“If you use a lot of cannabis frequently and before your brain is fully mature, there’s a chance … that you could actually lose IQ points,” says Timothy Fong, a professor of psychiatry who helps lead the UCLA Cannabis Research Initiative…. “If I were President of the United States, I would say, this is a critical social and scientific issue,” he says. “We need to study how should we be using cannabis to improve health and how do we limit the dangers of cannabis.”
Screen reading can wreck your attention. Here’s how to save it | Washington Post
“You are missing words. You are missing clues. You are missing your ability to put your background information to work in the most productive way,” said [Maryanne] Wolf, director of the Center for Dyslexia, Diverse Learners and Social Justice at the University of California at Los Angeles…. “We have already begun to change how we read — with all of its many implications for how we think,” Wolf writes in “Reader, Come Home.” The brain’s “reading circuit” is adaptive, Wolf writes. Processes that aren’t used can wither, and the circuit will adjust to the digital environment’s rapid-fire demands.
‘New wave of homelessness’: Can regionalism, prevention fight tsunami of unsheltered in Bay Area? | San Francisco Chronicle
The 740,000 population number is extrapolated from the 265,000 households in five counties listed as extremely low income, according to U.S. census figures. Extremely low income is 30% or less of the median household income, which comes to $34,000 or less. Living that close to the edge exponentially increases a person’s chances of becoming homeless, according to studies last year by the California Policy Lab at UCLA and the Bay Area Council. Both urged regional efforts to prevent homelessness, and All Home intends to delineate specific tactics for that in the coming years.
Americans need a ‘digital bill of rights.’ Here’s why | Guardian (U.K.) Opinion
(Commentary written by UCLA’s Ramesh Srinivasan) It isn’t the job of private companies to weigh the costs to our democracy of polarizing voters, or of trapping their attention in online labyrinths of misinformation and conspiracy. By definition, they only serve themselves. But this is precisely why the digital bill of rights must start by demanding that tech companies give us reasonable levers of control and oversight. Journalists and public oversight committees need the power to help design these technologies, and the right to continuously audit them.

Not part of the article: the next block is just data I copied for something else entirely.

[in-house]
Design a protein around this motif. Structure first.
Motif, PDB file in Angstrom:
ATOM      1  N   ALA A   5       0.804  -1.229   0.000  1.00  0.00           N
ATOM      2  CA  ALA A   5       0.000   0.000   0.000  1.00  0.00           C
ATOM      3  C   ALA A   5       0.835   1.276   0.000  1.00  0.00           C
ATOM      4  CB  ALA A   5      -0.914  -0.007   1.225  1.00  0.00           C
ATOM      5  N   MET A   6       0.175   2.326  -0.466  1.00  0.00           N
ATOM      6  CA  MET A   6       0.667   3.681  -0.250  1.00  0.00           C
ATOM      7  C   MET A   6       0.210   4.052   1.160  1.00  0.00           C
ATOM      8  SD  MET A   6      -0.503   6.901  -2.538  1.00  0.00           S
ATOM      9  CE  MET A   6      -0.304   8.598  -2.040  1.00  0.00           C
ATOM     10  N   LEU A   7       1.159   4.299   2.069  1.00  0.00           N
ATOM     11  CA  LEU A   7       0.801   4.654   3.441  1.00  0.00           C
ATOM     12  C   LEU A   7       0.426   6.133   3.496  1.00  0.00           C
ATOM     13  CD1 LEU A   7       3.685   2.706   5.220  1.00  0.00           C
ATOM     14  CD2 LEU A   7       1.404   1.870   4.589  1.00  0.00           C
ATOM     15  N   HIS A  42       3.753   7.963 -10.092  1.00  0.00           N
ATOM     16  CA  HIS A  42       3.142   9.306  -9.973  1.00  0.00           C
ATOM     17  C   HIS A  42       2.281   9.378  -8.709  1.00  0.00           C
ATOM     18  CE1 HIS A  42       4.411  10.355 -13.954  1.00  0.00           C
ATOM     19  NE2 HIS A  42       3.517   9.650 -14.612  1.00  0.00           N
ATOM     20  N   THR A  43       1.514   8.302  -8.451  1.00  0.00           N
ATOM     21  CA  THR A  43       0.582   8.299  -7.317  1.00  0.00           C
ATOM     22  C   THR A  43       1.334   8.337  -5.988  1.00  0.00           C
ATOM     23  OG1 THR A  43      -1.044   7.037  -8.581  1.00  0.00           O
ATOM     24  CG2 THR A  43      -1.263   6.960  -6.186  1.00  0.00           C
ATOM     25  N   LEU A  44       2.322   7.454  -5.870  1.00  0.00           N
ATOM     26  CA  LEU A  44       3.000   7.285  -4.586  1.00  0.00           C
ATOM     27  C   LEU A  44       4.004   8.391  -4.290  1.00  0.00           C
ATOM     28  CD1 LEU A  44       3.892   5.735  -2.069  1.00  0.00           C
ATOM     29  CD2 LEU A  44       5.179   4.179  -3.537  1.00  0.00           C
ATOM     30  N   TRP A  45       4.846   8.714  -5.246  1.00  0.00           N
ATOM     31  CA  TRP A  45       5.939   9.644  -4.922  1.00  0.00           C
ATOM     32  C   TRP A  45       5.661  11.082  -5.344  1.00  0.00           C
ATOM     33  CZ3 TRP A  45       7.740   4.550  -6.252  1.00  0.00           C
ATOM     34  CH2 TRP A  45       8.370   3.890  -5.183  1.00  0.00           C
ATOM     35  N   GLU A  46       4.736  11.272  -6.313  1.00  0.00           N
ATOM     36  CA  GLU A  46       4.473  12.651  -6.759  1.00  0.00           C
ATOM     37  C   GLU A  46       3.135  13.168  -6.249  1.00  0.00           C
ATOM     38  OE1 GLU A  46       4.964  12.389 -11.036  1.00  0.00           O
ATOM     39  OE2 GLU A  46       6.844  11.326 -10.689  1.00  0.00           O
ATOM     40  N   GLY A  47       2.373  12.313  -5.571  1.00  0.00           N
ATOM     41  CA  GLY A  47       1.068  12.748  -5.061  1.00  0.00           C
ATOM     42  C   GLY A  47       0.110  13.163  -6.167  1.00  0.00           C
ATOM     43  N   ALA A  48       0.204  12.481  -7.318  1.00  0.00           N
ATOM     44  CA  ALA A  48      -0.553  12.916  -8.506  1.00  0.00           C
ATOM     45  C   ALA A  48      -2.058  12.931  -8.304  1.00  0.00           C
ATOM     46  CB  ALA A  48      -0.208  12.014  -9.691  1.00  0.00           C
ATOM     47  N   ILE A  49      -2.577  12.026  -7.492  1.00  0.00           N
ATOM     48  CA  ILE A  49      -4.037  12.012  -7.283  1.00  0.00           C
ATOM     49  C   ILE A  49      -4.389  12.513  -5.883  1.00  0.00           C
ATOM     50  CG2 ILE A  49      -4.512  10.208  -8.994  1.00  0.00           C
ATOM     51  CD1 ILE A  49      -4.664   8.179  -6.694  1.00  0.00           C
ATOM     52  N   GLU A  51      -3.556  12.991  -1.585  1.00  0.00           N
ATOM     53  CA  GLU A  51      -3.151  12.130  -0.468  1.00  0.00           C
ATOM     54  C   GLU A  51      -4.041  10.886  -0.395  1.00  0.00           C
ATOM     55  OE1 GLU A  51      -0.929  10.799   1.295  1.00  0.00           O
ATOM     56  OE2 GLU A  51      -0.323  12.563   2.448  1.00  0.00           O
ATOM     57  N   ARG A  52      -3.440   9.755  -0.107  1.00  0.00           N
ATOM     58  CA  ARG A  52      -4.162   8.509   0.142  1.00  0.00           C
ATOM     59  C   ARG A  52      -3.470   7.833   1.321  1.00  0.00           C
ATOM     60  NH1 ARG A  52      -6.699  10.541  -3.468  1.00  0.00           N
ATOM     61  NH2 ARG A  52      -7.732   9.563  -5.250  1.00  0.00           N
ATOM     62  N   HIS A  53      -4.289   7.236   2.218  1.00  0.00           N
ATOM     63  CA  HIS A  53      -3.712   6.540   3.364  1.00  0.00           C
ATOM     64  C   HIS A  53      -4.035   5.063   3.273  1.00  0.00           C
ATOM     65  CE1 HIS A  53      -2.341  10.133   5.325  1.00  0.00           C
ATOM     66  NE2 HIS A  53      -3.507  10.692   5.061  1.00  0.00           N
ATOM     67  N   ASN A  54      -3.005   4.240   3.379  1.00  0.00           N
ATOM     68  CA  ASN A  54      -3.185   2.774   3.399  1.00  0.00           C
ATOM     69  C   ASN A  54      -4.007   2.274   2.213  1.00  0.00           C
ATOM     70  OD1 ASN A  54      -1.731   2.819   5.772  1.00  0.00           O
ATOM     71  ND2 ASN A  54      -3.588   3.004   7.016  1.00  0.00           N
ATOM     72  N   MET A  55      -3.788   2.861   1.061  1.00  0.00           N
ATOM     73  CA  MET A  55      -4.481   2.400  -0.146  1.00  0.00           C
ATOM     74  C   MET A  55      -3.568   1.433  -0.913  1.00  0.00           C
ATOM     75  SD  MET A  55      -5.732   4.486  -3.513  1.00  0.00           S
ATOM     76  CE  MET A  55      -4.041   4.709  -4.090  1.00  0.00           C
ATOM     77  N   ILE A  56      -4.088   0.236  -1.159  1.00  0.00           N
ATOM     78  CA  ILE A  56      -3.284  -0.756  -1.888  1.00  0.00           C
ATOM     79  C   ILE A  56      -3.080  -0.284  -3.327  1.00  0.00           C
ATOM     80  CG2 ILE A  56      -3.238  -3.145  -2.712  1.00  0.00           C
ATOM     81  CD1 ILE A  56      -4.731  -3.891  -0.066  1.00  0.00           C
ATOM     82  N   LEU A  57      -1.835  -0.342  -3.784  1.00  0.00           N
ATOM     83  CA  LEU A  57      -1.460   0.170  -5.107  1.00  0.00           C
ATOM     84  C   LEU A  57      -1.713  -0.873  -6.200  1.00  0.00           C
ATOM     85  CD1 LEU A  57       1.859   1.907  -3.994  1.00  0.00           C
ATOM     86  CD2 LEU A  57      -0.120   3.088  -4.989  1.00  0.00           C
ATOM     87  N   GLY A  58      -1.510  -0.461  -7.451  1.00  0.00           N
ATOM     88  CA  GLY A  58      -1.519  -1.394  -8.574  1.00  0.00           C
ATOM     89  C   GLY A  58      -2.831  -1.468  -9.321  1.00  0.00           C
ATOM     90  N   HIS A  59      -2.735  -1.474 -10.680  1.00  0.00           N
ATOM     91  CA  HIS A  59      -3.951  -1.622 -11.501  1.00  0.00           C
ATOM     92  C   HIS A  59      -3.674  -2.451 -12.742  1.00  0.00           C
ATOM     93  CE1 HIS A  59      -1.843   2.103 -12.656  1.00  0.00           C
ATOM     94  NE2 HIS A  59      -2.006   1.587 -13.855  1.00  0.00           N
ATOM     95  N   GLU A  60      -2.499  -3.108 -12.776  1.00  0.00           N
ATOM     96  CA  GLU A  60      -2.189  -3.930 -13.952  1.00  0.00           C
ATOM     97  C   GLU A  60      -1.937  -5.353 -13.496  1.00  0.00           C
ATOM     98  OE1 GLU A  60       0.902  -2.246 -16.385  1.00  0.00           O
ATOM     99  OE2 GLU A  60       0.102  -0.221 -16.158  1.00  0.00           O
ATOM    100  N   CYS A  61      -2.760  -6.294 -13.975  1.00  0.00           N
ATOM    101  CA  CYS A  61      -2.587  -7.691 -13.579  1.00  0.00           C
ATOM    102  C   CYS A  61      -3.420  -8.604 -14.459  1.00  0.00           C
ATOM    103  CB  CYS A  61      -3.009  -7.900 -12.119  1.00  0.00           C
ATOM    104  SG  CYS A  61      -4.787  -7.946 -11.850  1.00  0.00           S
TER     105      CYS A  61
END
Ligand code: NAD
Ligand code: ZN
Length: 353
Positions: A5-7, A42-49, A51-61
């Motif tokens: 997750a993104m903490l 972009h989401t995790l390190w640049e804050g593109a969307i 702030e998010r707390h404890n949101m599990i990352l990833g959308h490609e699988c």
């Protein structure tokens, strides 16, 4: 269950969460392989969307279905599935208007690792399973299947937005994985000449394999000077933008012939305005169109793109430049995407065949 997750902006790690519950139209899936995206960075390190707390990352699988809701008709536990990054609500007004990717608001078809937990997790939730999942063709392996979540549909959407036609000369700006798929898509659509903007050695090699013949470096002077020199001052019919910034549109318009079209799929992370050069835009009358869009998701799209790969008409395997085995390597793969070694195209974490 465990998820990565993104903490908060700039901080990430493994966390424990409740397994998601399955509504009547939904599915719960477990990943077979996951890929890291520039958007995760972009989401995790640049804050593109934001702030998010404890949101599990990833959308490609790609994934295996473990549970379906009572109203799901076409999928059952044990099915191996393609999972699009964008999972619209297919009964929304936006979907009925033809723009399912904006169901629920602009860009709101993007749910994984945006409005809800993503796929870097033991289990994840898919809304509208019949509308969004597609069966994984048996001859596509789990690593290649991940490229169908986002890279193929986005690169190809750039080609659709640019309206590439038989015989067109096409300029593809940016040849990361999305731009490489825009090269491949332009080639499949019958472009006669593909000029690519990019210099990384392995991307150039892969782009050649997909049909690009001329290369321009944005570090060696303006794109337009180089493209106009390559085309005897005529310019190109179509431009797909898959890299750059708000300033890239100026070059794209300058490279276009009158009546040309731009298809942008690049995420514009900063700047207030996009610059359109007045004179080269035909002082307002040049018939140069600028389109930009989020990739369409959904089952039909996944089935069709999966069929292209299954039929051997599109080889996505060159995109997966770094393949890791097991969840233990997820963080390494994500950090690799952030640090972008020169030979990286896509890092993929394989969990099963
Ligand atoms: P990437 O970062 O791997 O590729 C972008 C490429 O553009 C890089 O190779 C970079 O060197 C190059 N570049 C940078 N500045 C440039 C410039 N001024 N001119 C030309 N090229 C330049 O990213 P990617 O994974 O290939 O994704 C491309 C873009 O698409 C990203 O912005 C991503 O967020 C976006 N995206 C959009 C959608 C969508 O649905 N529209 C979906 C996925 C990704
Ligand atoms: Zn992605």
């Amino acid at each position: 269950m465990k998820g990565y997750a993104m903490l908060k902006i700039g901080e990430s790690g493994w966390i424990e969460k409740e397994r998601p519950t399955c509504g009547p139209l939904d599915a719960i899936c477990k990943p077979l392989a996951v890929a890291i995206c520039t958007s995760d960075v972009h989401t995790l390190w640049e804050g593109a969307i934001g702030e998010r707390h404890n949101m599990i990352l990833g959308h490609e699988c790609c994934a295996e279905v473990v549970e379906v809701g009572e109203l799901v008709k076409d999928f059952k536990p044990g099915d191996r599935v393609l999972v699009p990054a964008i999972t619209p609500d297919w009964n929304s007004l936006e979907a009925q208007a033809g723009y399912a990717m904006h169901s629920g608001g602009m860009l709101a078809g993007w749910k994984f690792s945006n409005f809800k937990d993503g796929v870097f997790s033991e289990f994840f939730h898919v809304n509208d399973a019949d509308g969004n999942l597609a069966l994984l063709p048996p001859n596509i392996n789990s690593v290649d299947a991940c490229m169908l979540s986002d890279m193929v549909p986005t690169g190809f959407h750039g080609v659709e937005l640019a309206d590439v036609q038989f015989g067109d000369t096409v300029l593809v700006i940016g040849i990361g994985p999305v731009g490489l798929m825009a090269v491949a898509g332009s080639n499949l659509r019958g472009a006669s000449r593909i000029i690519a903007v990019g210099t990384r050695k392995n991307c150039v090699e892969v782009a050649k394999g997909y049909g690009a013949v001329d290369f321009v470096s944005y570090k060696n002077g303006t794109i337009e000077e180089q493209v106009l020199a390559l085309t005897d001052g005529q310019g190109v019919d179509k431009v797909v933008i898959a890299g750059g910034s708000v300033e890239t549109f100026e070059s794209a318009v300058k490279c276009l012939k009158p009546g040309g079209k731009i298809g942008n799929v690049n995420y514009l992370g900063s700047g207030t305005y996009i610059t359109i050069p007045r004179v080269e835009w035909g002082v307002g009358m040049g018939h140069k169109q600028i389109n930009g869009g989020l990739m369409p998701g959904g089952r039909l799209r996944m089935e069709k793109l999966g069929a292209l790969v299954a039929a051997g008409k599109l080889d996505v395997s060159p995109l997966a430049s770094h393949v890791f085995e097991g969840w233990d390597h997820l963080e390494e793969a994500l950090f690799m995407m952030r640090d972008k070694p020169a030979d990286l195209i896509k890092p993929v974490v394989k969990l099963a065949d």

Medi-Cal benefits eliminated a decade ago, such as foot care and eyeglasses, are back | Kaiser Health News
Proponents of the restored benefits say the state will save money by providing foot care for people with diabetes, such as Serrano. A 2017 analysis by UCLA researchers estimated that the use of preventive podiatric services saved Medi-Cal up to $97 million in 2014, attributable to avoided hospital admissions and amputations.
According to data from UCLA’s California Health Interview Survey, more than one in every five adults in the state said they needed help dealing with mental or emotional problems, or with drug and alcohol consumption, in 2018. The number of hospitalized psychiatric patients decreased by almost 30 percent from 1995 to 2016, according to the California Hospital Association, tied to a decrease of more than 2,650 hospital beds. During the same period of time, the state registered a population growth of 7.5 million people. (Translated from Spanish)